Our primary full-size Table Skittles game is lovingly hand-made by a traditional craftsperson from solid Oak. Suitable for pubs, competitions and connoisseurs, the surface is green baize and on one side is set a cribbage board for keeping score. The skittles and ball are turned in beautiful Beech and Holly while the chain, handle and fittings are all made from solid brass.
By itself the board is a work of art but just as importantly, the table optionally features the much sought-after cord skittle return. That's right - just pull on the cord adjacent to the skittles and they are all pulled back to the vertical in exactly the right position. Resetting the skittles can be a drag so this time-saver is guaranteed to enhance your enjoyment of what is already a great game.
The fact that the skittles are secured with the cord also prevents them being removed which is useful where the game will be used in public areas.
The board is supplied with instructions and brass cribbage pegs for keeping score. It packs flat into a box and has a handle for ease of transport. No tropical hardwoods are used in the making of this board. Dimensions are 905 x 605 x 75mm (36 x 24 x 2 inches) with a pole that is 120cm (4ft) high.
Masters Games strives to find you the finest example of each game that is available and this product exemplifies this. No short cuts; just quality craftmanship - a game to be passed down the generations.Hand-made in Britain
Hand made Oak Table Skittles (without cord skittle return)
Hand made Oak Table Skittles with cord skittle return
Skittles or Nine Pins as played on an alley is still one of the most popular pub games and is the ancestor of a number of games including ten-pin bowling. However, it does take up a lot of space and so it's no surprise that miniaturised versions of the pastime eventually started to appear.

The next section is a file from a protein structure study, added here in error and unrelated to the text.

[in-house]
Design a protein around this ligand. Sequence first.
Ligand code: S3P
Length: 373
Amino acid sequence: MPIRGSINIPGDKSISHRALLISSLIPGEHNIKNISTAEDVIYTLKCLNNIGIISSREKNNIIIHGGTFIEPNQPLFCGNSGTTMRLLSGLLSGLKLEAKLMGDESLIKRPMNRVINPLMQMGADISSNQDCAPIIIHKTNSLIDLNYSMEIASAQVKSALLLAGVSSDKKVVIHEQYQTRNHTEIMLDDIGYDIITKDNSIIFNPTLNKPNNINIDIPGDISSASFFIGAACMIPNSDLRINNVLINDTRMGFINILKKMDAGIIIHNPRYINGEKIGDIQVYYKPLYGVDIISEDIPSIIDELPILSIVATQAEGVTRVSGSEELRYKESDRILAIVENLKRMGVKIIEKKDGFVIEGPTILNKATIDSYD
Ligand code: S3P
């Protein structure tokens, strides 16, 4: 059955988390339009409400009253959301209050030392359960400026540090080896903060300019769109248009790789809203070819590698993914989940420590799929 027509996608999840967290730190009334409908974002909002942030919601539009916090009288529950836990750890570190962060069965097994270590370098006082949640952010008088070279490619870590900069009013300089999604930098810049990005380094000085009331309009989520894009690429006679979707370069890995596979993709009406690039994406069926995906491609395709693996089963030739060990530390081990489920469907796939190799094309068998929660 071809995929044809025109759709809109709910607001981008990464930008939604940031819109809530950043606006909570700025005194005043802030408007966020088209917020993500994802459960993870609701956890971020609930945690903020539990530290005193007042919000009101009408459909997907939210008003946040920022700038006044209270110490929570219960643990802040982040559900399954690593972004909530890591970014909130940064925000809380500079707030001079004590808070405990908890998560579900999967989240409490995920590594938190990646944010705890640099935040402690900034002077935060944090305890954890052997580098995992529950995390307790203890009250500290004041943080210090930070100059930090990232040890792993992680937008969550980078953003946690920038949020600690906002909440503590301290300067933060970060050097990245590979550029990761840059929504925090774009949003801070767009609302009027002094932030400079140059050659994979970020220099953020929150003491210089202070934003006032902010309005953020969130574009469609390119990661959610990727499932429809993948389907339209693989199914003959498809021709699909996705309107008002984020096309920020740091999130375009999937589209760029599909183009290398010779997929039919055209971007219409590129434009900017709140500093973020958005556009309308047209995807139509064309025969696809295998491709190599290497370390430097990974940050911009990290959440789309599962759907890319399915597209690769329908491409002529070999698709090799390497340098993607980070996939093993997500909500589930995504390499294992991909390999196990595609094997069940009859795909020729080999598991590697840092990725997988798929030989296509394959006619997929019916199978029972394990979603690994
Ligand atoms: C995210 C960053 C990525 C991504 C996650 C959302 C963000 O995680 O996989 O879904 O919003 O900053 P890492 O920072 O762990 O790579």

Just like alley skittles itself, different miniaturised versions of the game are particular to certain regions of Britain - Hood skittles is popular in and around Northamptonshire whereas Daddlums has only ever been found in Kent. But the most popular and well known table-top version of Skittles pictured above, was invented sometime in the 18th century. Known variously as Table Skittles, Bar Skittles and Pub Skittles it also goes by the name "Devil amongst the Tailors". The latter name came about in the year 1783 during which the Theatre Royal, Haymarket ran a play that, for some reason, offended the tailoring profession so much that a group of tailors and theatre-goers rioted at the theatre one day. This upset caused the Dragoons to be summoned to restore public order and, upon arrival, the Dragoons were reported to have ploughed through the rioting tailors like a wooden ball through table skittles. And the game has been known as "Devil amongst the Tailors" ever since.
To prepare each nine miniature pins are positioned on a small platform within the square game board. In the corner of the board, stands a pole with a ball suspended by a chain from its top. The ball is swung around the pole in such a way that upon its return, it ploughs through nine skittles on a platform. Aside from the equipment and the location on a table top, the rules are pretty much the same as skittles with the maximum theoretical score in one turn being 27 points. As with several pub games, scoring is often performed on a cribbage board.